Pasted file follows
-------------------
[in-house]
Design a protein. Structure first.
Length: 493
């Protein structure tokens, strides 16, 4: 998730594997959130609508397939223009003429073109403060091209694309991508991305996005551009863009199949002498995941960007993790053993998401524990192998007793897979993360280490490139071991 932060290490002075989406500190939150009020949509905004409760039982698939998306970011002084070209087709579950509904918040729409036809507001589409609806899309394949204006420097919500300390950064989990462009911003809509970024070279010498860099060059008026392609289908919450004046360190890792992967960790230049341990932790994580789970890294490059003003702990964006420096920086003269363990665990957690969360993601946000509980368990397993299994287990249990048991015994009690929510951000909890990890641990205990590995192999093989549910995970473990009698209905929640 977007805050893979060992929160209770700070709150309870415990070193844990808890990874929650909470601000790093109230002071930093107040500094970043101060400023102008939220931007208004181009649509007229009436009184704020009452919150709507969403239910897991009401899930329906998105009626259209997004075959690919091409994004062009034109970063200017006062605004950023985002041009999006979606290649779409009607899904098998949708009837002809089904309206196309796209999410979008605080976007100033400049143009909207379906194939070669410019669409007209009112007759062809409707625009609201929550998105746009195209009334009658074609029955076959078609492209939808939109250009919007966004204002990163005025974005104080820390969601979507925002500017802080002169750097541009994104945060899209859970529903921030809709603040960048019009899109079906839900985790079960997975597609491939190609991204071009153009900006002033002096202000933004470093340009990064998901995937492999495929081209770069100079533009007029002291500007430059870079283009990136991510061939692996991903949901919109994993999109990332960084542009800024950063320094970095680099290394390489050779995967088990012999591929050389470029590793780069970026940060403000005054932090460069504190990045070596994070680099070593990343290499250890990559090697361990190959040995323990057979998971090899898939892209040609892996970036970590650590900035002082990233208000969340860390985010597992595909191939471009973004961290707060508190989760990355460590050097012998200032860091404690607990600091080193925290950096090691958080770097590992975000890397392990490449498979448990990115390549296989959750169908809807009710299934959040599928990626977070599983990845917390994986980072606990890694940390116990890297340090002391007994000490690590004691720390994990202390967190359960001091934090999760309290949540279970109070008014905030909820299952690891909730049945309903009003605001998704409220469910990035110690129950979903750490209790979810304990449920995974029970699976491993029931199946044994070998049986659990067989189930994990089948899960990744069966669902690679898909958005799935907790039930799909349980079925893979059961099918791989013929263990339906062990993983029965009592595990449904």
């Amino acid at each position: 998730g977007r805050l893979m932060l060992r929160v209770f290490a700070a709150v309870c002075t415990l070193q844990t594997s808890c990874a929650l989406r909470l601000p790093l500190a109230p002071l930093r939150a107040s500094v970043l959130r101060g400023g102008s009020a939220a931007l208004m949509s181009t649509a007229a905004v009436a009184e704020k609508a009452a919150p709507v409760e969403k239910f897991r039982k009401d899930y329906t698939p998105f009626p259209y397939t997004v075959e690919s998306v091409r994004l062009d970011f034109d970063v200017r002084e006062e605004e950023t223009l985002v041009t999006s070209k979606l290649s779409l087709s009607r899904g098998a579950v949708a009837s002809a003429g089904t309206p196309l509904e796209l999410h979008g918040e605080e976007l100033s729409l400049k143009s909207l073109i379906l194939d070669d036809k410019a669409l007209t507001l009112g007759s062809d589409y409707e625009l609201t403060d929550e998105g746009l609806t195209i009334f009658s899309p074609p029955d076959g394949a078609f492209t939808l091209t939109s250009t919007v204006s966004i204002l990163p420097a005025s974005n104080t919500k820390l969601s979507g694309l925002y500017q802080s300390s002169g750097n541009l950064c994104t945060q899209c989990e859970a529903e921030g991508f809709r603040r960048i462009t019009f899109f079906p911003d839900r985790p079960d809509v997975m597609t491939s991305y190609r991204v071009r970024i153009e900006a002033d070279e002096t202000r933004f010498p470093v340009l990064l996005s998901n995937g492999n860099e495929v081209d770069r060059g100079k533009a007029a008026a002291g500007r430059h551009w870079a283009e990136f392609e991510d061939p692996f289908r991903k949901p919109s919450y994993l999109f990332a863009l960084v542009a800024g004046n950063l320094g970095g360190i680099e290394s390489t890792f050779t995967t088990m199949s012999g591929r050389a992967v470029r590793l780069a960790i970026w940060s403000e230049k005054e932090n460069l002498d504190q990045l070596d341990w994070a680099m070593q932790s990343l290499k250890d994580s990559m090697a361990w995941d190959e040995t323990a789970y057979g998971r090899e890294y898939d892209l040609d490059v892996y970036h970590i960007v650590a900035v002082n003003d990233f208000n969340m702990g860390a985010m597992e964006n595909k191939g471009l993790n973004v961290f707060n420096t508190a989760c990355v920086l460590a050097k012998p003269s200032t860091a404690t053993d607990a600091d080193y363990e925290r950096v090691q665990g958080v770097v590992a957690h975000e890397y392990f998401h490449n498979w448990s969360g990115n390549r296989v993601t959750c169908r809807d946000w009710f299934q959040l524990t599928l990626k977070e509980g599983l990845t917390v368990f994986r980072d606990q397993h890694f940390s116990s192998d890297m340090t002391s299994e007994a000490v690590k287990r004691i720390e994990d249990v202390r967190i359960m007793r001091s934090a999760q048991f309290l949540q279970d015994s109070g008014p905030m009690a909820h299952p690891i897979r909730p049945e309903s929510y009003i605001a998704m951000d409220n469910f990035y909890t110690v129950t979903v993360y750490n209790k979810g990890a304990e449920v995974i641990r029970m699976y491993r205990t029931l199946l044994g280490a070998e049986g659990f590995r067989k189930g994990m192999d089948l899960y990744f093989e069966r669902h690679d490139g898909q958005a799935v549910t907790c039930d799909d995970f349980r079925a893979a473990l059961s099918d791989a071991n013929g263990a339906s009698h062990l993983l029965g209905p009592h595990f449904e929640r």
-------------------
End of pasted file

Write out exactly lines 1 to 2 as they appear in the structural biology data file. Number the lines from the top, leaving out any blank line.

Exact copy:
[in-house]
Design a protein. Structure first.